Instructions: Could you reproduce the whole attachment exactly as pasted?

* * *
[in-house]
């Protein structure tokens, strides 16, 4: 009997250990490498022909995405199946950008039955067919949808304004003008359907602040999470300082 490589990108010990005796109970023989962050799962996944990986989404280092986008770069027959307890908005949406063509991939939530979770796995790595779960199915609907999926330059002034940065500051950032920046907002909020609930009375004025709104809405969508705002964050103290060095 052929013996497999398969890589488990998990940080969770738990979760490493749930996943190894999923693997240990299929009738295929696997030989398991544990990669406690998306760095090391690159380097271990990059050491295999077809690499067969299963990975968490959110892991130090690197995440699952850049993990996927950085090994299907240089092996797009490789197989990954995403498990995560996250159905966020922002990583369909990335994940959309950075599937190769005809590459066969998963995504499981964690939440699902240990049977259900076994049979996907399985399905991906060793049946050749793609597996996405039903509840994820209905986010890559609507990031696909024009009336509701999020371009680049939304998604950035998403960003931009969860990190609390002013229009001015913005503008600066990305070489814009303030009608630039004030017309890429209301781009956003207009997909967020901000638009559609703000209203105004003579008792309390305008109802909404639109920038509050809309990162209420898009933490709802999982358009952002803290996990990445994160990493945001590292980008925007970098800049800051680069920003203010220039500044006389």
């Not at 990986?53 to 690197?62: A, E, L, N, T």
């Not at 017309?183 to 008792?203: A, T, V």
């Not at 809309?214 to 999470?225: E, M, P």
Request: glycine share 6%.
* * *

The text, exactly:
[in-house]
């Protein structure tokens, strides 16, 4: 009997250990490498022909995405199946950008039955067919949808304004003008359907602040999470300082 490589990108010990005796109970023989962050799962996944990986989404280092986008770069027959307890908005949406063509991939939530979770796995790595779960199915609907999926330059002034940065500051950032920046907002909020609930009375004025709104809405969508705002964050103290060095 052929013996497999398969890589488990998990940080969770738990979760490493749930996943190894999923693997240990299929009738295929696997030989398991544990990669406690998306760095090391690159380097271990990059050491295999077809690499067969299963990975968490959110892991130090690197995440699952850049993990996927950085090994299907240089092996797009490789197989990954995403498990995560996250159905966020922002990583369909990335994940959309950075599937190769005809590459066969998963995504499981964690939440699902240990049977259900076994049979996907399985399905991906060793049946050749793609597996996405039903509840994820209905986010890559609507990031696909024009009336509701999020371009680049939304998604950035998403960003931009969860990190609390002013229009001015913005503008600066990305070489814009303030009608630039004030017309890429209301781009956003207009997909967020901000638009559609703000209203105004003579008792309390305008109802909404639109920038509050809309990162209420898009933490709802999982358009952002803290996990990445994160990493945001590292980008925007970098800049800051680069920003203010220039500044006389």
């Not at 990986?53 to 690197?62: A, E, L, N, T």
């Not at 017309?183 to 008792?203: A, T, V």
């Not at 809309?214 to 999470?225: E, M, P």
Request: glycine share 6%.